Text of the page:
- Philadelphia has released a comprehensive action plan, The Philadelphia Roadmap to Safer Communities, to address increasing gun violence throughout the city. This comes as a result of Mayor Jim Kenney's September call to action in which he asked for solutions aside from policing, namely looking at gun violence from a public health perspective and using data and science to inform strategies.
- A working group with representatives from multiple agencies offered short- and long-term recommendations including addressing the physical and programmatic inequities that exist in the communities at the highest risk of violence; creating a gun violence focused Injury Prevention Unit within the Department of Health; and implementing the police department's new "Operation Pinpoint," which combines intelligence-based and community-oriented policing.
- Recommendations will help inform the mayor's and city council's decisions for the FY 2020 budget and Five Year Plan.
Health used to be widely viewed as an individual's responsibility and something that pertains to illnesses and ailments that a doctor can remedy, but many outside factors can also play into a person's health. While many people might consider a "public health crisis" only pertinent to communicable diseases like the flu or measles, the medical community has a broader definition that includes non-traditional forces that negatively impact a large number of citizens' health or mortality.
Cities increasingly are connecting dots and realizing that problems that used to be solved in silos contribute to citizens' health — or lack thereof — and are seeking solutions from a public health perspective. For example, Austin, TX has partnered with the Centers for Disease Control and Prevention (CDC) for an epidemiological study on dockless scooters in light of a spike in injuries and deaths among device users. Philadelphia's decision to address violent crimes, specifically gun violence, from a public health perspective similarly follows the collaborative approach that could help leaders think outside the box and discover new solutions.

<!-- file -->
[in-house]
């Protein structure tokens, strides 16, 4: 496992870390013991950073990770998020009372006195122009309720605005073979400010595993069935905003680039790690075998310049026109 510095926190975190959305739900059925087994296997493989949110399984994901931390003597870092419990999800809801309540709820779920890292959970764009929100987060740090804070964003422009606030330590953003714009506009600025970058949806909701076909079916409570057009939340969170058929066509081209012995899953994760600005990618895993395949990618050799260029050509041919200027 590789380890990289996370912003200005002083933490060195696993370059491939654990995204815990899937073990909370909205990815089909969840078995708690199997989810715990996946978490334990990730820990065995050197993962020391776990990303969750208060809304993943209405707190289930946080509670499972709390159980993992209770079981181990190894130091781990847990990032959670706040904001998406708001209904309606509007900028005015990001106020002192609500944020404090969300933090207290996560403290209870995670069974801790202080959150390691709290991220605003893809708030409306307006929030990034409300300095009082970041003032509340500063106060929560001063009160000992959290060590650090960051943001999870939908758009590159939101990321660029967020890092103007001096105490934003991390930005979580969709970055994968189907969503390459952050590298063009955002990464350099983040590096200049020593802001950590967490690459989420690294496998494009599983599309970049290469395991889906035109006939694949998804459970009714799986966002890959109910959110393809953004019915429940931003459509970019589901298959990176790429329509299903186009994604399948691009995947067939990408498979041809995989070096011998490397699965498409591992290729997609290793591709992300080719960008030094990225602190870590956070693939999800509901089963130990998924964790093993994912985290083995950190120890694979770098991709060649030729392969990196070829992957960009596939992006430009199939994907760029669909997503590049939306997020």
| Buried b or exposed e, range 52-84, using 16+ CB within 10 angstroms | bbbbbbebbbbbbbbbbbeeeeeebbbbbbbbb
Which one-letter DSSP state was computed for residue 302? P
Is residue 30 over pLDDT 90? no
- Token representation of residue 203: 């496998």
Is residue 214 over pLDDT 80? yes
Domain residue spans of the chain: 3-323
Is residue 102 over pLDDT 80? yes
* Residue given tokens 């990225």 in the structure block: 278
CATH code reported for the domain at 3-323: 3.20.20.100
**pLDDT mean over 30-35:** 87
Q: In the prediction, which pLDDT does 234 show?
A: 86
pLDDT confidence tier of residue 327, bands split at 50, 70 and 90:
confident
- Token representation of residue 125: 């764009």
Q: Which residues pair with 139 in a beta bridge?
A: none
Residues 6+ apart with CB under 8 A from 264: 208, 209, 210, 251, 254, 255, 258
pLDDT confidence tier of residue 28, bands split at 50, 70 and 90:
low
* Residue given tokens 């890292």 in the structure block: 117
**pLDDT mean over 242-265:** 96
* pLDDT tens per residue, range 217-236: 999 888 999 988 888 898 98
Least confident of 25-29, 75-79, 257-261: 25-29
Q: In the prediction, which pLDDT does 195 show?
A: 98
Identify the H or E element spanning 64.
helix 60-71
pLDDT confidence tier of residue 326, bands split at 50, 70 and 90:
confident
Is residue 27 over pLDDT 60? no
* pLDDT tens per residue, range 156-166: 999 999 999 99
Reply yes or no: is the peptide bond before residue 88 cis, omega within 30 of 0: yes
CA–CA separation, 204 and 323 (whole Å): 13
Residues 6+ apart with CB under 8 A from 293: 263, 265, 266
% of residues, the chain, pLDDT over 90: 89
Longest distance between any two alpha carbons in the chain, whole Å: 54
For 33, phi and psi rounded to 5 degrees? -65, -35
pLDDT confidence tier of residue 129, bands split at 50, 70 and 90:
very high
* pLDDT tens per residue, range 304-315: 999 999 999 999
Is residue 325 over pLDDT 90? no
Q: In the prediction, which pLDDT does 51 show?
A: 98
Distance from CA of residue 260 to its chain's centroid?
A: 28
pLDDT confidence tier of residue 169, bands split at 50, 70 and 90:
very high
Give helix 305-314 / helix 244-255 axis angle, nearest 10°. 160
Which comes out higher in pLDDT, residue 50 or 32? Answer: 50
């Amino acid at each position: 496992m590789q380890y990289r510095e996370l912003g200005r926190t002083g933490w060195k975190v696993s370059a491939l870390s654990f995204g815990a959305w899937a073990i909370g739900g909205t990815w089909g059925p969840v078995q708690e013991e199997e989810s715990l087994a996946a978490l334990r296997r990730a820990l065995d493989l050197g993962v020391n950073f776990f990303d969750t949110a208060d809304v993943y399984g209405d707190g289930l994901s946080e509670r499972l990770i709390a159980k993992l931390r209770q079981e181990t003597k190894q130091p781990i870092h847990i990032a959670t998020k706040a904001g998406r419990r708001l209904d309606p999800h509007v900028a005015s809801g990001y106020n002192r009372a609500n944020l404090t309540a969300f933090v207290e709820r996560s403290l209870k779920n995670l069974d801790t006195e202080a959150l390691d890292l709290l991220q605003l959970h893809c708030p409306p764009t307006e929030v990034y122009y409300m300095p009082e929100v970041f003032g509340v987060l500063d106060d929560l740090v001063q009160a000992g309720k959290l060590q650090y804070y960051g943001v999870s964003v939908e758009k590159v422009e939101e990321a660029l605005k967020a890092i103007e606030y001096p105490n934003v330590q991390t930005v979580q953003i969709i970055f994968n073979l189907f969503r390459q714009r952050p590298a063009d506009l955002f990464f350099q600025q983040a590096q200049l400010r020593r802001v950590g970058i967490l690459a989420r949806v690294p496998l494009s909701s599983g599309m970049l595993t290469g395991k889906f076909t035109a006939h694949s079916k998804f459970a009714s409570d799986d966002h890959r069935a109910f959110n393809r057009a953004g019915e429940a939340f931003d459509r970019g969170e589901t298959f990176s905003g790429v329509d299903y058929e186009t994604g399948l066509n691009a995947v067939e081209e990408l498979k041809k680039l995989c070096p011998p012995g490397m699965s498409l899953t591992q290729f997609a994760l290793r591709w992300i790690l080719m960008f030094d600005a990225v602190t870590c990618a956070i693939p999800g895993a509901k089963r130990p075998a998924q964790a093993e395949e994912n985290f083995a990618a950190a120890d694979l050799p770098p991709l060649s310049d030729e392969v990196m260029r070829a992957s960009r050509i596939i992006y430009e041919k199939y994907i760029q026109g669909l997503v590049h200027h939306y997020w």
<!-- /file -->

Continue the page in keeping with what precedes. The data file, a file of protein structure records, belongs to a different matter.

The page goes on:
Data indicates crime dropped across the U.S. last year, and while Philadelphia was part of that trend, it didn't experience a drop as significant as most other major cities. The crime rate only decreased 0.4% in Philadelphia whereas the average was 1.8% for the 30 largest U.S. cities; cities such as Chicago and Baltimore that have fielded criticism in recent years for crime spikes experienced violent crime decreases of 9.5% and 12.3%, respectively.
“We cannot police our way out of this problem... But, with the right strategy and tools, one that incorporates and aligns intelligence-based and community-oriented policing with targeted social services and community empowerment, we believe that we can prevent and reduce gun violence in our communities,” Vanessa Garrett Harley, the city's deputy managing director for criminal justice and public safety, said in a statement.
One of the main areas of focus included in the roadmap is on an often forgotten sector of the population: previously incarcerated individuals. The plan aims to increase support for previously incarcerated citizens who are under supervision or working to reintegrate into society, as well as for the families of those individuals. Offering help to those people could reduce recidivism, which known to contribute to a large proportion of crimes.